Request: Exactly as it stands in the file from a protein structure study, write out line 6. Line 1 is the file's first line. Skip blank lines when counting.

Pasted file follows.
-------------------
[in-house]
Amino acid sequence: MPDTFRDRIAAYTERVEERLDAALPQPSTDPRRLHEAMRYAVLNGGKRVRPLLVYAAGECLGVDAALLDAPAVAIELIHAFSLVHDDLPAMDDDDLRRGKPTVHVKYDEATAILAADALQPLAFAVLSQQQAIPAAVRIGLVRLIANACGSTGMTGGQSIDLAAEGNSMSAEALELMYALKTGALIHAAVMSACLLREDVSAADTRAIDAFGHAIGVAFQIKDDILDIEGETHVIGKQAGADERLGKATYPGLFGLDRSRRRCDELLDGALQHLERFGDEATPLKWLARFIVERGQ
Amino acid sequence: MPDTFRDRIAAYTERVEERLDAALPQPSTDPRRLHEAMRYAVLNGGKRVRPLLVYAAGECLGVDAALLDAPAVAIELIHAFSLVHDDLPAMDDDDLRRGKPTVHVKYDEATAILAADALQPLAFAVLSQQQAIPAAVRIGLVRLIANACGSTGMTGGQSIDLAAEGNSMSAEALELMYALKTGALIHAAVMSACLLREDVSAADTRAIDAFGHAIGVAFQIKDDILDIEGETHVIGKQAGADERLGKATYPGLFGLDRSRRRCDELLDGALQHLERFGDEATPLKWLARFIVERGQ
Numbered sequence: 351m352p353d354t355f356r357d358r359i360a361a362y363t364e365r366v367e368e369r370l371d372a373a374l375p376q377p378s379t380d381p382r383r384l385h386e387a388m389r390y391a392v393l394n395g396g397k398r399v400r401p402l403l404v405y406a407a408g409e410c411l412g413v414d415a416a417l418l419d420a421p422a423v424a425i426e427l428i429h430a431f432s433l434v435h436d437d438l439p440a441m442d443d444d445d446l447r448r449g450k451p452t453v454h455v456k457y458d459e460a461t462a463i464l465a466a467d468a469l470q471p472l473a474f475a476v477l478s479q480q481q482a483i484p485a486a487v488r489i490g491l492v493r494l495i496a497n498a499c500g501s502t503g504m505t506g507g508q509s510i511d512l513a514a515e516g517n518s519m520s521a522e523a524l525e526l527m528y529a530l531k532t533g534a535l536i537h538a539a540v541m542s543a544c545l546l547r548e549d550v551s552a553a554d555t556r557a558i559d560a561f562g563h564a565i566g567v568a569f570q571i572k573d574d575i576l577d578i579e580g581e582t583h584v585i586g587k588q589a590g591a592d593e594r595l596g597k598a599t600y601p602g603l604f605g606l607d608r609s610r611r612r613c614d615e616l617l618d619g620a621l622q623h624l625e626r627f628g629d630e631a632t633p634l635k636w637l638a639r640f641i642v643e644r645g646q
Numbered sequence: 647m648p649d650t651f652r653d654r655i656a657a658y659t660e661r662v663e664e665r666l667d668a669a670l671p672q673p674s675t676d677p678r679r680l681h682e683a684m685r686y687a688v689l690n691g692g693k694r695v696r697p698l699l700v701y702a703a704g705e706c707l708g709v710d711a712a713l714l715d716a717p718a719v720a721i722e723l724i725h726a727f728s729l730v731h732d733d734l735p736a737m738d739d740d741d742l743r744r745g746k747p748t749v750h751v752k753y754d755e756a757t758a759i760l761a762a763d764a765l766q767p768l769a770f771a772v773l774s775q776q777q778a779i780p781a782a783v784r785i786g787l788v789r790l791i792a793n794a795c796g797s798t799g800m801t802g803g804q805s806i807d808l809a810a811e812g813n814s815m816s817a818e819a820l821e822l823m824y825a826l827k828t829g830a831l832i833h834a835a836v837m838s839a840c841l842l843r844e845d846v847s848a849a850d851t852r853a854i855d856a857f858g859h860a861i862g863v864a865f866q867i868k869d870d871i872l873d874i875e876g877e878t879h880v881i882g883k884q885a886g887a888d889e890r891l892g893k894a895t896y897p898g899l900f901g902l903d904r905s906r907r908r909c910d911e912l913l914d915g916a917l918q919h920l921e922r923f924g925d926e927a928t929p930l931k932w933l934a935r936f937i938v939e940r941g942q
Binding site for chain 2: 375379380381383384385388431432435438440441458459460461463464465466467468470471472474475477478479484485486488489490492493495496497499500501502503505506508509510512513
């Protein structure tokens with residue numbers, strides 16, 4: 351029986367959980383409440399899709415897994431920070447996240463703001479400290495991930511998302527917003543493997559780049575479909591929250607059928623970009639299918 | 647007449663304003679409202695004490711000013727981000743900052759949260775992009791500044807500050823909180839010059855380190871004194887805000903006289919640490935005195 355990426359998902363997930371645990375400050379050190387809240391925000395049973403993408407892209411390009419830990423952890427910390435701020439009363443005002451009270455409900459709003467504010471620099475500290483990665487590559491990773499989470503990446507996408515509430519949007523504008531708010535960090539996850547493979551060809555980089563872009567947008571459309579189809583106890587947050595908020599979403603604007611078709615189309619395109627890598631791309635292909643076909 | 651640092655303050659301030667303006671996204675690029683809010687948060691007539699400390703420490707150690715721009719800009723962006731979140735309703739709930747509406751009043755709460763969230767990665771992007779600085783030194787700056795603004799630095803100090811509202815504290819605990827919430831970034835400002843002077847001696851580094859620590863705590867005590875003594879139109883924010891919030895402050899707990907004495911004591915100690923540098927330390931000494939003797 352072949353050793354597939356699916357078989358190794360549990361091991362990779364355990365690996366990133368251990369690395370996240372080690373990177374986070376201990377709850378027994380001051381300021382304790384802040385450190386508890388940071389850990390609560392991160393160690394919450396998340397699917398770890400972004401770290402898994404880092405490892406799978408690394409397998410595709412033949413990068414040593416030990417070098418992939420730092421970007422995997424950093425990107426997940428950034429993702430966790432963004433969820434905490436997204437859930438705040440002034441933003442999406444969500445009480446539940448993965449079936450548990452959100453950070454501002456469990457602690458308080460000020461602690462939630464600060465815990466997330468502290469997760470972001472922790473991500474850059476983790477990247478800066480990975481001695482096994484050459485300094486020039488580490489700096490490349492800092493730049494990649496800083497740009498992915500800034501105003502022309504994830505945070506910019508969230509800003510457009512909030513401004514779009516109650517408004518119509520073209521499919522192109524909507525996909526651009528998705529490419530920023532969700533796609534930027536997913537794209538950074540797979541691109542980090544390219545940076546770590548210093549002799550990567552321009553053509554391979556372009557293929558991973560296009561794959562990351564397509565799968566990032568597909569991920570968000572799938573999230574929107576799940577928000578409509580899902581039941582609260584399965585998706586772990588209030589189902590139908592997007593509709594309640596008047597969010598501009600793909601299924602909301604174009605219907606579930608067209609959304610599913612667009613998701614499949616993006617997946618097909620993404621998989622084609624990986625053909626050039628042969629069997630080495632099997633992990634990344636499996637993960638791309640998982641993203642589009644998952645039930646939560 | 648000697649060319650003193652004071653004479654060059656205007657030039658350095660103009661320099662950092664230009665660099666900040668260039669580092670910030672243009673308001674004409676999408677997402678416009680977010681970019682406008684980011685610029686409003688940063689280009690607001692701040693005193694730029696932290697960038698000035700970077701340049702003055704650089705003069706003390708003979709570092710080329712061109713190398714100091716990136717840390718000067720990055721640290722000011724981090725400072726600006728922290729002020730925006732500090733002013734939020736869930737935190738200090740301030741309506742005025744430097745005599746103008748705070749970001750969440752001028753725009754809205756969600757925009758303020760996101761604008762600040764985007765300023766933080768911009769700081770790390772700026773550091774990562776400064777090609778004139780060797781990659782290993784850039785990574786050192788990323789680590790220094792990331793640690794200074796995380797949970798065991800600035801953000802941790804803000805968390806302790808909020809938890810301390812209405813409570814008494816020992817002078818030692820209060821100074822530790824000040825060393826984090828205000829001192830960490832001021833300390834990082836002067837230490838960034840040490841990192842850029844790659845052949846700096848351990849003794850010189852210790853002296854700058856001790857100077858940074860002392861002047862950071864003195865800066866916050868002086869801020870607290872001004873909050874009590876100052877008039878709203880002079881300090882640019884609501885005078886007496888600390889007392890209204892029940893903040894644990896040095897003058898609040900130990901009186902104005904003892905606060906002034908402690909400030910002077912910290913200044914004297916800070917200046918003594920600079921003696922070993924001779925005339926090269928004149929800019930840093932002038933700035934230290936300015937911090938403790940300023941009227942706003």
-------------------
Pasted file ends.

Binding site for chain 2: 375379380381383384385388431432435438440441458459460461463464465466467468470471472474475477478479484485486488489490492493495496497499500501502503505506508509510512513